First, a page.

Saturday, August 24, 2013

Swallows, Beets and Death

Fried Egg Sandwich
Barn Swallows
Harvesting Fruits of the Dirt
See Life
See Love
Seek God
The day begins with a fried egg sandwich--melted cheddar cheese on on an oven-toasted English muffin and topped with peppercorn bacon and an egg fried in bacon grease. It ends with tummy-shaking tears that come from the shock of finding out that a loved one has walked out of an oncology center with a certified ticket to eternity. Bacon and cancer like alpha and omega.

There are birds and gardening in between. There always is; life goes on. Barn swallows fledge their loved ones without worrying about the ginger cat, slinking into the woodshed. Instead they rapidly beak-tweet as if life emits from the lungs of swallows, and maybe it does. Maybe that's what the breath of life sounds like. Swallow chatter.

Dust to dust. It's a common funeral prayer--earth to earth, ashes to ashes, dust to dust--but not actually scripture. Genesis 2:7 reads, "Then the Lord God formed a man from the dust of the ground and breathed into his nostrils the breath of life, and the man became a living being." It's what we do when we are a living being that matters.

Gardening is an act of faith, believing that life indeed can be born in dirt. Seeds, water, sunshine, shoots, leaves, flowers, bees, butterflies and I'm eating zucchini every way I can think to fix it. My garden bursts with life and today I harvest beets, squash-on-steroids, a cucumber and beans.

Pulling the beets from the dirt, I realize--this is it. Life ends and I feel as though I need to pray over the hole it has left in the ground. That there are younger beets still growing--having staggered the planting--I am heartened that beets will continue to thrive in this dirt yielding life. And a messy life at that, so I tend to my messes and pull weeds and cull parsnips and decide to leave the rest of the peas on the vine so the seeds will dry for planting next season.

Thus are the choices we make everyday.

Death is a taboo subject. We ask in hushed tones, "Who is it?" as if it might be catching, as if there is anything we can do to stop the end. We talk obsessively of avoiding death, quantifying weight and nutrients and calories burned as if it adds a day of life to our time. Recently my Mom spoke to me of blood pressure and the importance of managing it. Her point was that her mother and grandmother both died of strokes.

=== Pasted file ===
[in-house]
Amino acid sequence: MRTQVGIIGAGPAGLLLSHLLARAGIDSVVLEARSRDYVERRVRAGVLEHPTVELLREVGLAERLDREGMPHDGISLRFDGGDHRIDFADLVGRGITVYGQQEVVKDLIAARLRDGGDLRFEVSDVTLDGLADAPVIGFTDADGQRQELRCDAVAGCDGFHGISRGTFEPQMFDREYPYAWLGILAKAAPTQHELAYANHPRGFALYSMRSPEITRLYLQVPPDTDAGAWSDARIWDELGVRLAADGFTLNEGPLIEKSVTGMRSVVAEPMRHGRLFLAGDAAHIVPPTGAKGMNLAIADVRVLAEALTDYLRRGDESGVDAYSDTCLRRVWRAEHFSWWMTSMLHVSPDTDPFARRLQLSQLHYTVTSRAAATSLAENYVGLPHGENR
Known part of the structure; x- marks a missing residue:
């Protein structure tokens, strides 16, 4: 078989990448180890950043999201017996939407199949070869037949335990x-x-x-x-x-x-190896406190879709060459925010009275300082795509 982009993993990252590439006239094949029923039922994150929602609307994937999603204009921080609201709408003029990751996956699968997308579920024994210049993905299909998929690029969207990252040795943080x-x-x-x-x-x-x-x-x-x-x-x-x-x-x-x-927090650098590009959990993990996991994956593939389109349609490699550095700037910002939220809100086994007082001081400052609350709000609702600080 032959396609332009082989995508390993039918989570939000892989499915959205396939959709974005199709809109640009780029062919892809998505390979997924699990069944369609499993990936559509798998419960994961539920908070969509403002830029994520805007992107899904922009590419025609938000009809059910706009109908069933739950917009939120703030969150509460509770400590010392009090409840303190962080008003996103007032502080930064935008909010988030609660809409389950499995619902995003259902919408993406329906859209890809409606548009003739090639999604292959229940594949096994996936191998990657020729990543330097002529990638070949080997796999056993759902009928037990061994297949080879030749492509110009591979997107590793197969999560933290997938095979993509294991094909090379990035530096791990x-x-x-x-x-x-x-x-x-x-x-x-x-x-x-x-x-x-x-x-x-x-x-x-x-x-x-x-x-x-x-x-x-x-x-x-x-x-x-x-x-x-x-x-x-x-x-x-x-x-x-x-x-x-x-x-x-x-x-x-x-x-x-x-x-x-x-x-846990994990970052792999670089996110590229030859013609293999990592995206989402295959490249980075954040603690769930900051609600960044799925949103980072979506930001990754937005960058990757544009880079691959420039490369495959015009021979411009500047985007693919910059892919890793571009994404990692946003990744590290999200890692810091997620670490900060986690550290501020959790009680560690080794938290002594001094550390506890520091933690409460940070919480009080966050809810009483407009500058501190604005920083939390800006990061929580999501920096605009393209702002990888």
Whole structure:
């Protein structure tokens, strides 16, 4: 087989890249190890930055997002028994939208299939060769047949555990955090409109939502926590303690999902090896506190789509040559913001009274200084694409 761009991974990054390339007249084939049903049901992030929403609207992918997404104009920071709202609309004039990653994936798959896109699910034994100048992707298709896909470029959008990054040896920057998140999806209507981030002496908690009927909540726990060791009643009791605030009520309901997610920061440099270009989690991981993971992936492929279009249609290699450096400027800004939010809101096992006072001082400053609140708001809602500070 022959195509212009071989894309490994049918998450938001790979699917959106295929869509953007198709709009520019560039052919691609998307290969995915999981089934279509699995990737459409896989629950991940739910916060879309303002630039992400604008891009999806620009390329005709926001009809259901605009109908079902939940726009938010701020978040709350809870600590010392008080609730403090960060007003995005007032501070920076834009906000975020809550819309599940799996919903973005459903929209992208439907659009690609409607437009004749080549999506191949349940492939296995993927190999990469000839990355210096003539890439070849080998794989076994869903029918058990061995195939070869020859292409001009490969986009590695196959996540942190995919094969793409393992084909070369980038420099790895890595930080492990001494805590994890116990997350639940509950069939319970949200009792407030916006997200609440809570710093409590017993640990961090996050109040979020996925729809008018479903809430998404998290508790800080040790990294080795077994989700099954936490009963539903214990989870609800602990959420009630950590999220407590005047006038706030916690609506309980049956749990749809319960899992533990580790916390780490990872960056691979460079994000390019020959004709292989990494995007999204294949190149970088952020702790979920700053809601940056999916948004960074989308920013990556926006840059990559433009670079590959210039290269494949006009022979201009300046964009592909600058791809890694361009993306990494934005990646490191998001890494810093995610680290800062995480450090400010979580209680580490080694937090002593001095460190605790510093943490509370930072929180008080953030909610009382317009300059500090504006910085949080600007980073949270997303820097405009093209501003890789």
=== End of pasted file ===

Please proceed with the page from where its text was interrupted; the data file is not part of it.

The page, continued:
My point is that they died, just as their mothers and grandmothers died. Just like she will die and I will die. I have yet encountered a remedy for death. Everyone dies, but we cover our ears and shake our heads and shake our fingers at one another admonishing, "You should do this, do that..."

Yes, managing blood pressure is taking responsibility for one's health and obviously I believe in eating fresh food and getting exercise and sunshine. I even drink water, believing it is good for my body when really I'd rather drink coffee all morning and wine all night.

But what if living means accepting that death is inevitable? What if it means getting that oncology report and asking, "Really? I'm going to die? Had no idea!"

What we need to do is not be ruled by the timeline. The key is breath of life. Yes, the key is swallow chatter  that God breathed into our dusty nostrils like spiritual CPR. That certificate to eternity is one we all were born with, and to think any one can give us an actual expiration date is profane. I don't look at my garden and see winter. I don't look at my green beans see dried leaves. I don't look at my field of potatoes and see dirt.

I cannot see death when there is yet breath of life.

Even the beets pulled from the path today are not done. They have purpose--pickled, sautéed in butter. For us it's a legacy, it's how we lived, not how we died. Did we teach children to read? Did we travel the world, drink beer in Germany, smile at a stranger in Italy, encourage others to dream? Scripture tells us to look at the fruits. My beets are hearty, but my loved one has shared his heart. I see the fruits in children, nieces, nephews, grandchildren, marriage and art.

But there is more than dust to dust. There is more than breathing swallow chatter and leaving behind the spiritual fruits as solid as beets from the ground.

Do you know Jesus?

My saviour is yours to know, too. Jesus is not church, condemnation or crap. Jesus is bloody death on a cross to cover our sins. We all sin. Get over it. Get to know God through His son. Jesus overcame hell and shattered the shadow of the grave. All you need to do is ask Jesus to save you and call you out of death. Get lost in love at the cross.



  1. What a treasure to begin my day with the reading of yours. Amen! to your to your thoughts, your invitation, to Life, to Death, and to Love.

  2. In truth I was intimidated by what flowed out in my writing. Posting took some courage so you don't know how important it is to hear validation. Thank you, Ruth!